Photography has impacted society by allowing people to see others whom they would never have an opportunity to see otherwise. This includes presidents, politicians, celebrities and people from foreign countries. The advent of photography changed citizen voting behavior. Photography is also largely responsible for the modern-day concept of celebrity. Before the invention of photography, it was impossible for one person to have millions of fans and followers worldwide.
Images have the ability to alter our perceptions. In 2003, Princeton psychologist Alexander Todorov tested the ability of photographs to affect voting decisions. Participants were asked to determine the election outcomes for the House of Representatives based on photographs alone. The participants were accurate in determining the winners and losers up to 73 percent of the time. Although most voters say that they are looking for a competent and intelligent representative, their voting behaviors are largely determined by the attractiveness of politicians' photographs. Before the advent of photography in the 1830s, many voters based their decisions on campaign issues that were discussed in newspapers and brochures.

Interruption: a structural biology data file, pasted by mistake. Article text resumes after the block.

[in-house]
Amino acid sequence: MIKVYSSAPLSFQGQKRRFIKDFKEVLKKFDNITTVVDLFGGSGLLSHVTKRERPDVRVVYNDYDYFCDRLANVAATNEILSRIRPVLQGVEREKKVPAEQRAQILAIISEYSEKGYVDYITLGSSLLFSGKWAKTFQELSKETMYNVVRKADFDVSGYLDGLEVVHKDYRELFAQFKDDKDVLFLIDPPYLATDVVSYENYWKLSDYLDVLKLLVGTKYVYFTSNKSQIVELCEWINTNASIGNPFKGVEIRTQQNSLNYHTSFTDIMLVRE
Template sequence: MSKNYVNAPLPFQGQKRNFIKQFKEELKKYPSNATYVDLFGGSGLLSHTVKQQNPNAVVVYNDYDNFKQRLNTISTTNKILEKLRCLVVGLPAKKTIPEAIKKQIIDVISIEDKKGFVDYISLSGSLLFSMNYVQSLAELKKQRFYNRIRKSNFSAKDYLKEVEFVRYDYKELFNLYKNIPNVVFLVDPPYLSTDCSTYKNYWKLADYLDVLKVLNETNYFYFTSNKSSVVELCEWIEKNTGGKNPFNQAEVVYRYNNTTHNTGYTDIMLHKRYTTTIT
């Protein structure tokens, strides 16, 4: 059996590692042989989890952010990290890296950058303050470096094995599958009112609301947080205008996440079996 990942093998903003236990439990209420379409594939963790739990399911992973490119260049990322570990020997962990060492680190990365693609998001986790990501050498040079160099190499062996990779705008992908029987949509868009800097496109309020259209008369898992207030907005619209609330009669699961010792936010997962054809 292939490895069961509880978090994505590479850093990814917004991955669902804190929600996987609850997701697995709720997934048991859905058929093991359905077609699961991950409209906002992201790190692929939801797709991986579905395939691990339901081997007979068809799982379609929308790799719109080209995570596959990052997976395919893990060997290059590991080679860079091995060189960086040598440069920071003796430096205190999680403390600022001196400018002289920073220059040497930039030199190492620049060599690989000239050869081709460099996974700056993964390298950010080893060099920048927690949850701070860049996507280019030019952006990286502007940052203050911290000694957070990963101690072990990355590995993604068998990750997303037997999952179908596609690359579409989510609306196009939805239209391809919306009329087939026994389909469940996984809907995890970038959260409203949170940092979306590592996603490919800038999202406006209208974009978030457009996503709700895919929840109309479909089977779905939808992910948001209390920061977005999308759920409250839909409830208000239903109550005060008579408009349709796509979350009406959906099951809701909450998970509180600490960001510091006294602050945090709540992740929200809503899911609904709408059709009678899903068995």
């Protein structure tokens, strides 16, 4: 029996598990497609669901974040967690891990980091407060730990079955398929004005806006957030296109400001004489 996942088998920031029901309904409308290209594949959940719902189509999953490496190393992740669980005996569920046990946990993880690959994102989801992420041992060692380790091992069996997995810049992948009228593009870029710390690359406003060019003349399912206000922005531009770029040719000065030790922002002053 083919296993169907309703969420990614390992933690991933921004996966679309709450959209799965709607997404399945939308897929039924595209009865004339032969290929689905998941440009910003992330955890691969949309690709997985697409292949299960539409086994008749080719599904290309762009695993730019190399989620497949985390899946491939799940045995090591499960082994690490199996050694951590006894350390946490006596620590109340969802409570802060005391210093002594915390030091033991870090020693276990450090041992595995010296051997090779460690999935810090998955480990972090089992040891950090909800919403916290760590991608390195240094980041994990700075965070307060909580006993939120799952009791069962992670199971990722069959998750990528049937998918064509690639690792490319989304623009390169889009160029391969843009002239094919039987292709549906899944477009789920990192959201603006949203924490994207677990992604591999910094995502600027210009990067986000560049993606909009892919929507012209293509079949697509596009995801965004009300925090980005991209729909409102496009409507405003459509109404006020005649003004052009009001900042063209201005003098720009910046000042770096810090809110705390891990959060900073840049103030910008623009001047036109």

Images also affect our opinions on other serious matters, such as war and crime. The first photo series to document war was Mathew Brady's exhibition "The Dead of Antietam." For the first time in history, citizens were able to view the aftermath of a bloody battle. The exhibition generated a lot of controversy and discussion.